Yinka ShonibareHe was born in London and at the age of three he moved to Lagos, Nigeria, until the age of sixteen when he moved back to Britain. He is artist who implements African textiles with the look of a Victorian style. He joins the two cultures to remind them about the success they gained from the African people, that which they took from their heritage and culture. Yinka actually spent a lot of his time in a larger city of Africa and considers his African ideas to come from television. Lagos was a contemporary society, and this is where his experiences of American programs came into play. It wasn’t until he came back to Europe when his “blackness sent in”. It hadn’t really affected him until then.
He is criticized for his work on two different levels. He is confronted about his art looking European and his skin color is black. Then he is confronted about why he doesn’t do just African art. As usual, he is confronted with stereotyping, something that everyone seems to do quite often and it is insulting. Why is it that he has to choose, he is an artist, freedom of expression is to be their forte.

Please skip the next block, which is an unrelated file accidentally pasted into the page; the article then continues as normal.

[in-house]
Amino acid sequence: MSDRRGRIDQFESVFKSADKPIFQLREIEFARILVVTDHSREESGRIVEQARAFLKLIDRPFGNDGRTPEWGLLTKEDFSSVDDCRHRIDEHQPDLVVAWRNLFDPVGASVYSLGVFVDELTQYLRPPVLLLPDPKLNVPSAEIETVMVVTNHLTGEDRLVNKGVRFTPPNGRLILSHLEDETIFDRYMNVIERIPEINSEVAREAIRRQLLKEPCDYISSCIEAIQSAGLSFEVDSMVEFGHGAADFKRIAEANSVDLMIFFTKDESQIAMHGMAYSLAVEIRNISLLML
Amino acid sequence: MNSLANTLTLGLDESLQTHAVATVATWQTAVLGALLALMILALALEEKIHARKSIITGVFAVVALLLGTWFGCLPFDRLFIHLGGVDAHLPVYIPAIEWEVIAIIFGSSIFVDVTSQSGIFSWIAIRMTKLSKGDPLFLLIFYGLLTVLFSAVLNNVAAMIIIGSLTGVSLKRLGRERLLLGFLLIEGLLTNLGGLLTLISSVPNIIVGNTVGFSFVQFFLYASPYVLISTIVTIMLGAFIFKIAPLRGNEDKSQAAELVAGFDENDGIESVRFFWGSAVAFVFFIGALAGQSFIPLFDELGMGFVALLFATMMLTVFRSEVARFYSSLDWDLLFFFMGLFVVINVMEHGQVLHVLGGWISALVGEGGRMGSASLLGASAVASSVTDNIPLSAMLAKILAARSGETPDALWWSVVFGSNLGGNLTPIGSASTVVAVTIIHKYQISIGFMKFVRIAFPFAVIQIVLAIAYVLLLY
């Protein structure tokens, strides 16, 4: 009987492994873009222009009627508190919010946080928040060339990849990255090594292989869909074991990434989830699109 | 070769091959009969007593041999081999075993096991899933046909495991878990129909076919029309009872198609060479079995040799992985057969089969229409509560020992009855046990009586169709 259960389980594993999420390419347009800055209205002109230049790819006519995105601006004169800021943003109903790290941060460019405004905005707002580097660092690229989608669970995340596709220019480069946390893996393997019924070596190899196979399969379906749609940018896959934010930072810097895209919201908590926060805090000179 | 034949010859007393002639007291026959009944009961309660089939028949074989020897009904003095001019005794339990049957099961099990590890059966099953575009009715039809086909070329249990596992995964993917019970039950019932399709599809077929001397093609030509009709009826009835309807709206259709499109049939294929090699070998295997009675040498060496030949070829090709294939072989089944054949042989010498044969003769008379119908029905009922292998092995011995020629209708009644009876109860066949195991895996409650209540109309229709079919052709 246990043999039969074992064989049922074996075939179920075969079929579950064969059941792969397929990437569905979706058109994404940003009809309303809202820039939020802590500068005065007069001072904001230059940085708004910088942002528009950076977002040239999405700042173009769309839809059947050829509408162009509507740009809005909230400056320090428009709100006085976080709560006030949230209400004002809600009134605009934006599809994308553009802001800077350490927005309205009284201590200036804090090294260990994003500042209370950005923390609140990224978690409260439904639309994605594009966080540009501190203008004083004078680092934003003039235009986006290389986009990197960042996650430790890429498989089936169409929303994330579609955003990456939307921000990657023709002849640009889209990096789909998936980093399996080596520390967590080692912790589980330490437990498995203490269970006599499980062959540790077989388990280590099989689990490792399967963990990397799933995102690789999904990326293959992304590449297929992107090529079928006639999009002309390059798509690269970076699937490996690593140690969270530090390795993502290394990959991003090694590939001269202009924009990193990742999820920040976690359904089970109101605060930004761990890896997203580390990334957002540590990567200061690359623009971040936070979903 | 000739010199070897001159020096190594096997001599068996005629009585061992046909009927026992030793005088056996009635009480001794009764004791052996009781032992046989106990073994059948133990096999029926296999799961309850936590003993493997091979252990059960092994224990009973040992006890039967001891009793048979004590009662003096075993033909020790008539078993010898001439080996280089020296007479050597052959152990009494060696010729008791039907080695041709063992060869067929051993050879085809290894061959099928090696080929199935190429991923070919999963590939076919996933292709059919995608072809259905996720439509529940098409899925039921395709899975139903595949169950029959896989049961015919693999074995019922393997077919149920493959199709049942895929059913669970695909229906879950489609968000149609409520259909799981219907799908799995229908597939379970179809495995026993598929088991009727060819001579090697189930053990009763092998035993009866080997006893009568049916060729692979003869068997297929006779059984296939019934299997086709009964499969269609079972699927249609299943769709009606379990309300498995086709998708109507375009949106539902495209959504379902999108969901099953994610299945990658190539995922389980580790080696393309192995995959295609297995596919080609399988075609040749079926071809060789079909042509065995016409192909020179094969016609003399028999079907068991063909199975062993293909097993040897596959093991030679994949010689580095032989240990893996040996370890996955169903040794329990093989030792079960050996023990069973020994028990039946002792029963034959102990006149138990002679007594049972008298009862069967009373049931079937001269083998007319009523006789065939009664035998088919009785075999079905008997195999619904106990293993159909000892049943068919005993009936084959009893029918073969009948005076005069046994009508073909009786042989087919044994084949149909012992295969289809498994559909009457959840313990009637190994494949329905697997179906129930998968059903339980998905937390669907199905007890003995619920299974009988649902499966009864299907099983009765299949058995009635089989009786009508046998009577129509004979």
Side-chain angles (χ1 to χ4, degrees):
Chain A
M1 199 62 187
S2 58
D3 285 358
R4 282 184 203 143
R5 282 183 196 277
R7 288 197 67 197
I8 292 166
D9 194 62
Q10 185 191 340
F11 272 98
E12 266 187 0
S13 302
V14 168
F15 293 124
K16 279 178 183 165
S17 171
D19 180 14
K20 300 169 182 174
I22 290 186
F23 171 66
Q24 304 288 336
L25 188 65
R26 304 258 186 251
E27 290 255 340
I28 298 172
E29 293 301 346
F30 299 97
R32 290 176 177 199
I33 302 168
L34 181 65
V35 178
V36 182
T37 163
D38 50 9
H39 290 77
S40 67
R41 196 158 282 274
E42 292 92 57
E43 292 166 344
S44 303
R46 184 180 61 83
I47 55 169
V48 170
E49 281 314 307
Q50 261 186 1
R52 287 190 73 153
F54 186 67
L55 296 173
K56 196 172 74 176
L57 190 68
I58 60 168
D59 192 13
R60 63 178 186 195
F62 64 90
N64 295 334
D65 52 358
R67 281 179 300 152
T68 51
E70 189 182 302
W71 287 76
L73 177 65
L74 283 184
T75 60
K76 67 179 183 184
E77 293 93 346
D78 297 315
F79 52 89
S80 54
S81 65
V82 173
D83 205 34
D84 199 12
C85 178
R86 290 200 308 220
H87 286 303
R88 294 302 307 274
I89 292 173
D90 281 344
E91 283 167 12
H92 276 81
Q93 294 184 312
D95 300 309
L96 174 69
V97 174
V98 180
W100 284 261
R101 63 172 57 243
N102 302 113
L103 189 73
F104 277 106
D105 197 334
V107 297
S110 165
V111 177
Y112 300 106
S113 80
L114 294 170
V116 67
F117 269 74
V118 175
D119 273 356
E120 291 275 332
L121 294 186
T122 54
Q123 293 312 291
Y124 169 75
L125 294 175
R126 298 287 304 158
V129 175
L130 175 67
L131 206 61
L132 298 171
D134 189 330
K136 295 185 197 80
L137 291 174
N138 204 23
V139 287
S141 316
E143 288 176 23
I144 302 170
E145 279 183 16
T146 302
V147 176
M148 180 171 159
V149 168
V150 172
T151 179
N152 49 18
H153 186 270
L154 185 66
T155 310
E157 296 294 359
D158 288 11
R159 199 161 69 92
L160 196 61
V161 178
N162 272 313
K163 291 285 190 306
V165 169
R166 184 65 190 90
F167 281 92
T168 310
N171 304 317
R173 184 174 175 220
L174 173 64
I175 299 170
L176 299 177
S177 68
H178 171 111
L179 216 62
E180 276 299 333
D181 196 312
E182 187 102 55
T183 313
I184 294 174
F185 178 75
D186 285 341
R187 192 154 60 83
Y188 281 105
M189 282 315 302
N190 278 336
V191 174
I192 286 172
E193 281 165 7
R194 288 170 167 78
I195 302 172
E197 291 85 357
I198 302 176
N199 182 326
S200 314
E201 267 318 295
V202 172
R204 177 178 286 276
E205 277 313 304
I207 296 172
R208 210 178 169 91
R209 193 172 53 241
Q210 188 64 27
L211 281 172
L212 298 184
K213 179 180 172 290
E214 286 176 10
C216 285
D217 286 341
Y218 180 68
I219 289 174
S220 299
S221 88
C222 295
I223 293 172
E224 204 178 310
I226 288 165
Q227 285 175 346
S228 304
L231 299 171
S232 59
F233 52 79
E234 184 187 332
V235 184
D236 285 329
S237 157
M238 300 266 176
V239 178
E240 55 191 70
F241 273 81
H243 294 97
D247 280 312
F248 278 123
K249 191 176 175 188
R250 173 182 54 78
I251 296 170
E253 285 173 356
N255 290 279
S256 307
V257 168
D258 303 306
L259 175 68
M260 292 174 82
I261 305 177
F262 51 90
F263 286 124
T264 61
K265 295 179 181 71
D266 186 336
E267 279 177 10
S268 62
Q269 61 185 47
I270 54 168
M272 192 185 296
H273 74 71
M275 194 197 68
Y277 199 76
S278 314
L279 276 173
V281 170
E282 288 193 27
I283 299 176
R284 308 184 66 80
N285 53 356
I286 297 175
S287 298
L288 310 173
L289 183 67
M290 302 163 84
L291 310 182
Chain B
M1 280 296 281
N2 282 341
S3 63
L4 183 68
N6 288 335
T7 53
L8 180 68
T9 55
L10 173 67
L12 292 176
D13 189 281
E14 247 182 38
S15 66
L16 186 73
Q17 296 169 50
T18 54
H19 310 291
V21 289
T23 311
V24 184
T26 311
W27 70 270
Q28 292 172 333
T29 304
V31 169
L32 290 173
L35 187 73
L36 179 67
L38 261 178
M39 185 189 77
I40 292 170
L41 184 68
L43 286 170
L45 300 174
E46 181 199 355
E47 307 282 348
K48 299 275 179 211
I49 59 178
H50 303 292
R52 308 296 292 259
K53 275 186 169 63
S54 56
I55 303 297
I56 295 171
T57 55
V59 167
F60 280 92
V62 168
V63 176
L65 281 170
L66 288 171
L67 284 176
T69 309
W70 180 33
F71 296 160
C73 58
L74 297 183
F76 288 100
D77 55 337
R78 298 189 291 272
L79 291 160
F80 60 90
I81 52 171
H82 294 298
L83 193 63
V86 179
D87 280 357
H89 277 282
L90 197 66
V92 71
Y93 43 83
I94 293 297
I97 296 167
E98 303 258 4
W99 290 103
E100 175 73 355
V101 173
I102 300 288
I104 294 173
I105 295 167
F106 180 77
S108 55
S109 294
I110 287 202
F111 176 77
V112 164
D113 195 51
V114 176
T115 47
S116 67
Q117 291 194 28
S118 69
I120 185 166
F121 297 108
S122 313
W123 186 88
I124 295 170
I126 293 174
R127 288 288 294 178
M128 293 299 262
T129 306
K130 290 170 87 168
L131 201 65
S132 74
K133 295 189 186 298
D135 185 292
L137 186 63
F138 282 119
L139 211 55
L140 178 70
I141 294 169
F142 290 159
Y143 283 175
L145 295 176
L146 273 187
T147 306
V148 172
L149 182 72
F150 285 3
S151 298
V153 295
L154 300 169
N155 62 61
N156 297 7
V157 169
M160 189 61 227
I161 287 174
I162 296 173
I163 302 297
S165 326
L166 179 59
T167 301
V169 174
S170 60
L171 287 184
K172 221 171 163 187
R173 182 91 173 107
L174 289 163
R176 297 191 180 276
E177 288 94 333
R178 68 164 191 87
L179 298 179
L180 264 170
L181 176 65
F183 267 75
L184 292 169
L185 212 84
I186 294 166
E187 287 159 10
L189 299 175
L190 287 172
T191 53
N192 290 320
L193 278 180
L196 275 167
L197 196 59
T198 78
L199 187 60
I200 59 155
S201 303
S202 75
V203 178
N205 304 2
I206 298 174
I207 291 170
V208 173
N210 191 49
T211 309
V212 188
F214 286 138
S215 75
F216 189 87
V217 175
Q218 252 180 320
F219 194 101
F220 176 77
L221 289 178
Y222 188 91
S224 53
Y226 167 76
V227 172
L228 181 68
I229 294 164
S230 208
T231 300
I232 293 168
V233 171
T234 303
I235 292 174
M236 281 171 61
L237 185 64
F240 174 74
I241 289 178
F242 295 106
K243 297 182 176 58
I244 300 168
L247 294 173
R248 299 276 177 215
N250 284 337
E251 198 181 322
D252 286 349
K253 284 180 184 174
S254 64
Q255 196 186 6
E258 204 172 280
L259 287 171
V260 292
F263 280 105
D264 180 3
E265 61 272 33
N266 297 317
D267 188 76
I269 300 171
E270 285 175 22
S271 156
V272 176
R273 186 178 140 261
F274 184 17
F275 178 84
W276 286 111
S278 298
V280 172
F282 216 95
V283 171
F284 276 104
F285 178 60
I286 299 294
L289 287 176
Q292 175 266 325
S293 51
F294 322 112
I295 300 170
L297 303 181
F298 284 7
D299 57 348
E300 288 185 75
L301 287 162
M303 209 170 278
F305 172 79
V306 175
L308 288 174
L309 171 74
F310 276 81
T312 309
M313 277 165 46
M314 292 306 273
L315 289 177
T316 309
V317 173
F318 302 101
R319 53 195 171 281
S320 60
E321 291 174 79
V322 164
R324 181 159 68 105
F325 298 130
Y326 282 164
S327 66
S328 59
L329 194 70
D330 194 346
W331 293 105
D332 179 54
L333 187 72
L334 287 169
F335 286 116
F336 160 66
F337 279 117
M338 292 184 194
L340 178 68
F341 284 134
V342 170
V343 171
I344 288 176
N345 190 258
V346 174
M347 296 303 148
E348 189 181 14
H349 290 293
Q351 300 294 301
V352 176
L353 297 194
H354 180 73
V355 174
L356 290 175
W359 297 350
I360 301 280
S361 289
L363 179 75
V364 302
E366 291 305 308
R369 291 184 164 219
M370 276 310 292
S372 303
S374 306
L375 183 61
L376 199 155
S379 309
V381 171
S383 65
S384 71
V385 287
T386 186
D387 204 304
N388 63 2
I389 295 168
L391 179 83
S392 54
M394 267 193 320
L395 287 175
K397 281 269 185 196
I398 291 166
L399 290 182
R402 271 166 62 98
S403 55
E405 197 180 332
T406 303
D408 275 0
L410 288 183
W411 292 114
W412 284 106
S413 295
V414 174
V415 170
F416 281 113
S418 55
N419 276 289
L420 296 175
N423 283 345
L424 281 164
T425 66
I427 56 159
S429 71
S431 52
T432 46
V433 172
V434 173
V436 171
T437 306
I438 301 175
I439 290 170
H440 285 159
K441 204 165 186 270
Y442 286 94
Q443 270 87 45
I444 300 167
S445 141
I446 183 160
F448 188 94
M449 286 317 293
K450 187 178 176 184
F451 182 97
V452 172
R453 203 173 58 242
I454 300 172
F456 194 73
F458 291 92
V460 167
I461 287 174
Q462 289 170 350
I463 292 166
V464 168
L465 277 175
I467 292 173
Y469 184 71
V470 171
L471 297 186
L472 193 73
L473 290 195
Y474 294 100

Yinka told us of an incident from one of his tutors; “Well you’re African, aren’t you? Why aren’t you producing authentic traditional African art? And of course, given my background, the whole notion that I would understand the concept of some pure African authenticity, or for that matter that such an expression would be expected of me, I found utterly shocking, negating my engagement with modernism and modernization as well. So I decided to explore the notion of authenticity and what it might signify. That was when I realized that the idea of loyalty or allegiance is always imposed by others from the outside.” He now had to come to the realization that he had to face his “color” because society was now showing their assumptions of predictability. He was no longer a secret, his work was now out there for all to see and brings to life the controversy of his “blackness.”
This article’s strength was the controversy that it discusses and the answers that Yinka had to give. I would highly suggest that anyone interested in gaining a better understanding of Europe and Africa would significantly gain some insight from this reading.
Shonibare, Yinka. “Of Hedonism, Masquerade, Carnivalesque and Power.” In Looking Both Ways. Museum of African art, New York: 2003. Pp. 162-177.